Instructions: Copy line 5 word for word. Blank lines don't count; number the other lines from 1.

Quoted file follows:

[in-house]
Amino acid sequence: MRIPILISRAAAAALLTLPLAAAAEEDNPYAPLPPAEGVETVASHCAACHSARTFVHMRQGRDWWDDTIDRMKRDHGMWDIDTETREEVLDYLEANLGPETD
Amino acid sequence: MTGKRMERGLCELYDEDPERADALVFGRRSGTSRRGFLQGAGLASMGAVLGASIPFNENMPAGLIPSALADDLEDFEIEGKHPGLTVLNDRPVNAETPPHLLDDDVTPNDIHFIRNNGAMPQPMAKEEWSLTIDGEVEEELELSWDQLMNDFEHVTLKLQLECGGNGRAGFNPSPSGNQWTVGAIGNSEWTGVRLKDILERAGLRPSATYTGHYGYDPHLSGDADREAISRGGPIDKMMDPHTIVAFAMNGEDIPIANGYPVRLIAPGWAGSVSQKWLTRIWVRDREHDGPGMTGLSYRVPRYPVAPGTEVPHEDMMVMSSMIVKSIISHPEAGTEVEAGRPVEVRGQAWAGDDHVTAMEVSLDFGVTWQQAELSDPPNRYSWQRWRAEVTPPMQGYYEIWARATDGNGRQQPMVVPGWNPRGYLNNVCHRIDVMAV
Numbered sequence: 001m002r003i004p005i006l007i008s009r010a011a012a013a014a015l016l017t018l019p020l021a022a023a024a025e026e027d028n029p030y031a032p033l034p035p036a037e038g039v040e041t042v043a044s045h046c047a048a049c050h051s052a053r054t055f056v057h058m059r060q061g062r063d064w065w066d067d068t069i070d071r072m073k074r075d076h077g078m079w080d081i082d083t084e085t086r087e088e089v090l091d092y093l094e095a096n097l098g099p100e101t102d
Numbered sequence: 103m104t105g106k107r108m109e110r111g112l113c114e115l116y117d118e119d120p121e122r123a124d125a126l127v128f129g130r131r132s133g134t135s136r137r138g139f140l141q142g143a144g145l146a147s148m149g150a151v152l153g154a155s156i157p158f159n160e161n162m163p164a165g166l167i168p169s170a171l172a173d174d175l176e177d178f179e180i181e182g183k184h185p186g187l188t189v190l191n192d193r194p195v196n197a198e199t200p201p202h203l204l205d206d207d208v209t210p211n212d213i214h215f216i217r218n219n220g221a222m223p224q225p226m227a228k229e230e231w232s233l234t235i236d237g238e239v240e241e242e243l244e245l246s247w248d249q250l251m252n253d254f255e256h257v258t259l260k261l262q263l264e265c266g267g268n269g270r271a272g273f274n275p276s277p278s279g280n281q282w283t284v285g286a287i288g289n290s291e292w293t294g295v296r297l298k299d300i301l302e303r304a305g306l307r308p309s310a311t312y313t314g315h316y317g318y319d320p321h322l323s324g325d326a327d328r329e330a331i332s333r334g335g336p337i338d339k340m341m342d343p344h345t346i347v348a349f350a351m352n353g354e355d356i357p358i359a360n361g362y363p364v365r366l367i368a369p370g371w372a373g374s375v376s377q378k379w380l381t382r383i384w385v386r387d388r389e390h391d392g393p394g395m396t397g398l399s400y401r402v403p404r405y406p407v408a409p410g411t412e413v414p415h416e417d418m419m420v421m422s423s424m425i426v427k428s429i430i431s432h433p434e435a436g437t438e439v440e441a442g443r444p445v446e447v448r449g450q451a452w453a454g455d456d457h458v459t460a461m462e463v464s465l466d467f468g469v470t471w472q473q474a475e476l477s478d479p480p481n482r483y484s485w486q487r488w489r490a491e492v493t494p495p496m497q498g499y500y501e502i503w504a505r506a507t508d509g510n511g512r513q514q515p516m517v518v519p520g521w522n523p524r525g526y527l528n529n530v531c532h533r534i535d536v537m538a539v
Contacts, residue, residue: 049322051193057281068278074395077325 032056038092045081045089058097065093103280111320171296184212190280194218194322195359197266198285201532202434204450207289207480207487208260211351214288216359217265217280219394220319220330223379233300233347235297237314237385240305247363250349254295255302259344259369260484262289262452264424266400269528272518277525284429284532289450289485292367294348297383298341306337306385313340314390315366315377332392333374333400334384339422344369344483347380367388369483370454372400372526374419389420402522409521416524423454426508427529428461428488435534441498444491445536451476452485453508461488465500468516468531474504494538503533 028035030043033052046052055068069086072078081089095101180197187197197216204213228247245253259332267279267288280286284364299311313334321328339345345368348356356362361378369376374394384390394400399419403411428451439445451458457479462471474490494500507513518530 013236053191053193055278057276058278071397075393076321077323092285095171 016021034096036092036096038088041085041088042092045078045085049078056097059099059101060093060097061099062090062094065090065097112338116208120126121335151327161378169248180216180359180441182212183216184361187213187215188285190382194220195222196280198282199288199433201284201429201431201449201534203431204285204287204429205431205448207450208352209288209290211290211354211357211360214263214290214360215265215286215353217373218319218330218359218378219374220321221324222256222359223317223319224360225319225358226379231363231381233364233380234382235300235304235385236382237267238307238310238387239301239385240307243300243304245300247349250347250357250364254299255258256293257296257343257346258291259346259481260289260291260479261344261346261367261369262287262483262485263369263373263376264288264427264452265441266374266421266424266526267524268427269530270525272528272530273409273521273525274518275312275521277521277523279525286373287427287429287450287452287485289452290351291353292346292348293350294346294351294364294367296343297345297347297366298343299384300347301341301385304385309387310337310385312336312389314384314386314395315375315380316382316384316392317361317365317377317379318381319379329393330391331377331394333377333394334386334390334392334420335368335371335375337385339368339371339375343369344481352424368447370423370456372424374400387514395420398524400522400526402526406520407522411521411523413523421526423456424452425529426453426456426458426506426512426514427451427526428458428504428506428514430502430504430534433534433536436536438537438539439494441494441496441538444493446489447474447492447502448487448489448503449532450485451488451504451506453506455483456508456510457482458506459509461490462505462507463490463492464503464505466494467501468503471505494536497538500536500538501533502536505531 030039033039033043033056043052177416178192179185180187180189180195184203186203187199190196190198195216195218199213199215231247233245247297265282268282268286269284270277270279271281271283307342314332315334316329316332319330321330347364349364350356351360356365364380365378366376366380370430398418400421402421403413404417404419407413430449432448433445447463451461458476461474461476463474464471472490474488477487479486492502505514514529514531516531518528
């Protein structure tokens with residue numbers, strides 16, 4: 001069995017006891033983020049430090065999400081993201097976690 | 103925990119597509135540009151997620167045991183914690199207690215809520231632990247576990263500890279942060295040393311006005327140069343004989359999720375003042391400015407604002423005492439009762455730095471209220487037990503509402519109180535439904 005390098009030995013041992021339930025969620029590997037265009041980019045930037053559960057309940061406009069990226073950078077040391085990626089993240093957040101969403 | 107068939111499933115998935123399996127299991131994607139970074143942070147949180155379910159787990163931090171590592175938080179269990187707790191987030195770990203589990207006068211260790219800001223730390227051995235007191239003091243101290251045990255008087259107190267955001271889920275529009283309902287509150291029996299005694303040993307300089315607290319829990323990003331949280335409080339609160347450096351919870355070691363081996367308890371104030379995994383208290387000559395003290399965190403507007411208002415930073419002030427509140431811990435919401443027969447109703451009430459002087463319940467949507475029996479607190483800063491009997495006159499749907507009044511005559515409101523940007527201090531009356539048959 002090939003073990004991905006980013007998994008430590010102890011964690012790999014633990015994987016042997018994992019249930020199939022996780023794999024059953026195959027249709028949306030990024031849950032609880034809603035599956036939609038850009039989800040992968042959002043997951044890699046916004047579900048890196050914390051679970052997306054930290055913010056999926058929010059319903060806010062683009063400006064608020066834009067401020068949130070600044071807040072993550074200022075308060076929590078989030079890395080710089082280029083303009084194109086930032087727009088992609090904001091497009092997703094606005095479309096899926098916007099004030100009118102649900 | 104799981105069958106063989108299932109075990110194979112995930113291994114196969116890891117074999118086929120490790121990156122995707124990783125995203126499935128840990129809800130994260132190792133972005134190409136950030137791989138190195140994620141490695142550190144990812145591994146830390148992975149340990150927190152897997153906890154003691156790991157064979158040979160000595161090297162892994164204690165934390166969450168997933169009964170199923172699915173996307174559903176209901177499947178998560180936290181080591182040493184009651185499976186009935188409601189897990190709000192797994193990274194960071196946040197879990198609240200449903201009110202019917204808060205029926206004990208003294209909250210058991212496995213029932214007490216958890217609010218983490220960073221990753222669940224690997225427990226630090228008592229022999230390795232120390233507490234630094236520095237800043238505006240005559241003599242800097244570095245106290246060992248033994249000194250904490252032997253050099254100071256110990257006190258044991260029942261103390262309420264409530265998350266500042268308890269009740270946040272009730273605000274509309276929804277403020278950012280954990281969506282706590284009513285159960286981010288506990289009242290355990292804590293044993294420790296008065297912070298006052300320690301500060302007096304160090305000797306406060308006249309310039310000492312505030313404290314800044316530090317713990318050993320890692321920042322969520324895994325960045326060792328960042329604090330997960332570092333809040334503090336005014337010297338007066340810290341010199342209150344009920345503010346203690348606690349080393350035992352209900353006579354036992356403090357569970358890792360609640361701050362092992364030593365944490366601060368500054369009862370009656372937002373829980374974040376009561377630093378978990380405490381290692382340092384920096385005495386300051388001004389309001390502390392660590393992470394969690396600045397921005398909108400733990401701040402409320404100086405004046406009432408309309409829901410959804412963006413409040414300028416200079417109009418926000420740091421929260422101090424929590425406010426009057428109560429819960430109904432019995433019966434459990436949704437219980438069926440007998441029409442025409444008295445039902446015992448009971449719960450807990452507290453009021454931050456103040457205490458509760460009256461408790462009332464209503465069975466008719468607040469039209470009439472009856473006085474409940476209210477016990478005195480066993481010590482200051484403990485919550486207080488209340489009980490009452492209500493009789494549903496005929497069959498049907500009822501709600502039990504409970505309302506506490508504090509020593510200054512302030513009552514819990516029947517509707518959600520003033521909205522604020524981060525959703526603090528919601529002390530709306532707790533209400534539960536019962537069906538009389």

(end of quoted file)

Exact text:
Numbered sequence: 103m104t105g106k107r108m109e110r111g112l113c114e115l116y117d118e119d120p121e122r123a124d125a126l127v128f129g130r131r132s133g134t135s136r137r138g139f140l141q142g143a144g145l146a147s148m149g150a151v152l153g154a155s156i157p158f159n160e161n162m163p164a165g166l167i168p169s170a171l172a173d174d175l176e177d178f179e180i181e182g183k184h185p186g187l188t189v190l191n192d193r194p195v196n197a198e199t200p201p202h203l204l205d206d207d208v209t210p211n212d213i214h215f216i217r218n219n220g221a222m223p224q225p226m227a228k229e230e231w232s233l234t235i236d237g238e239v240e241e242e243l244e245l246s247w248d249q250l251m252n253d254f255e256h257v258t259l260k261l262q263l264e265c266g267g268n269g270r271a272g273f274n275p276s277p278s279g280n281q282w283t284v285g286a287i288g289n290s291e292w293t294g295v296r297l298k299d300i301l302e303r304a305g306l307r308p309s310a311t312y313t314g315h316y317g318y319d320p321h322l323s324g325d326a327d328r329e330a331i332s333r334g335g336p337i338d339k340m341m342d343p344h345t346i347v348a349f350a351m352n353g354e355d356i357p358i359a360n361g362y363p364v365r366l367i368a369p370g371w372a373g374s375v376s377q378k379w380l381t382r383i384w385v386r387d388r389e390h391d392g393p394g395m396t397g398l399s400y401r402v403p404r405y406p407v408a409p410g411t412e413v414p415h416e417d418m419m420v421m422s423s424m425i426v427k428s429i430i431s432h433p434e435a436g437t438e439v440e441a442g443r444p445v446e447v448r449g450q451a452w453a454g455d456d457h458v459t460a461m462e463v464s465l466d467f468g469v470t471w472q473q474a475e476l477s478d479p480p481n482r483y484s485w486q487r488w489r490a491e492v493t494p495p496m497q498g499y500y501e502i503w504a505r506a507t508d509g510n511g512r513q514q515p516m517v518v519p520g521w522n523p524r525g526y527l528n529n530v531c532h533r534i535d536v537m538a539v